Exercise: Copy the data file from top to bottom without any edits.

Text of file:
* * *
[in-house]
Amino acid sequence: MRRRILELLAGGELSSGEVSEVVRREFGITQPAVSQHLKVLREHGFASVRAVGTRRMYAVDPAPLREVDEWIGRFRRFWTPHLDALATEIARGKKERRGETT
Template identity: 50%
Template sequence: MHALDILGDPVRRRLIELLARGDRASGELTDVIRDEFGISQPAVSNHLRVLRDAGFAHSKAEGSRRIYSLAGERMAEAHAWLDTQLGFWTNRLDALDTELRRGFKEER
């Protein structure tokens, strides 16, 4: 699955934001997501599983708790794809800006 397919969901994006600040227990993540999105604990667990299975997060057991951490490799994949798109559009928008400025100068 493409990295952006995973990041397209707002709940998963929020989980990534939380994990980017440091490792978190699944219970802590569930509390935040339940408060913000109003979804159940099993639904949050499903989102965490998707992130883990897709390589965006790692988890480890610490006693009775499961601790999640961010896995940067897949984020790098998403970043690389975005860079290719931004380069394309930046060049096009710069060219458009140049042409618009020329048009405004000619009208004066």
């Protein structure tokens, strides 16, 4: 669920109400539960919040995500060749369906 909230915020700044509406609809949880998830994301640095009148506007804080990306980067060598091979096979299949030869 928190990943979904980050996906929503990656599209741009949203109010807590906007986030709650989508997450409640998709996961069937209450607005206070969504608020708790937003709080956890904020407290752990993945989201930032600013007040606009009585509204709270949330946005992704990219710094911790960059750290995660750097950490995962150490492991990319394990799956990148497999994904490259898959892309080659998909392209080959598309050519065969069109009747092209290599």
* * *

[in-house]
Amino acid sequence: MRRRILELLAGGELSSGEVSEVVRREFGITQPAVSQHLKVLREHGFASVRAVGTRRMYAVDPAPLREVDEWIGRFRRFWTPHLDALATEIARGKKERRGETT
Template identity: 50%
Template sequence: MHALDILGDPVRRRLIELLARGDRASGELTDVIRDEFGISQPAVSNHLRVLRDAGFAHSKAEGSRRIYSLAGERMAEAHAWLDTQLGFWTNRLDALDTELRRGFKEER
């Protein structure tokens, strides 16, 4: 699955934001997501599983708790794809800006 397919969901994006600040227990993540999105604990667990299975997060057991951490490799994949798109559009928008400025100068 493409990295952006995973990041397209707002709940998963929020989980990534939380994990980017440091490792978190699944219970802590569930509390935040339940408060913000109003979804159940099993639904949050499903989102965490998707992130883990897709390589965006790692988890480890610490006693009775499961601790999640961010896995940067897949984020790098998403970043690389975005860079290719931004380069394309930046060049096009710069060219458009140049042409618009020329048009405004000619009208004066």
């Protein structure tokens, strides 16, 4: 669920109400539960919040995500060749369906 909230915020700044509406609809949880998830994301640095009148506007804080990306980067060598091979096979299949030869 928190990943979904980050996906929503990656599209741009949203109010807590906007986030709650989508997450409640998709996961069937209450607005206070969504608020708790937003709080956890904020407290752990993945989201930032600013007040606009009585509204709270949330946005992704990219710094911790960059750290995660750097950490995962150490492991990319394990799956990148497999994904490259898959892309080659998909392209080959598309050519065969069109009747092209290599």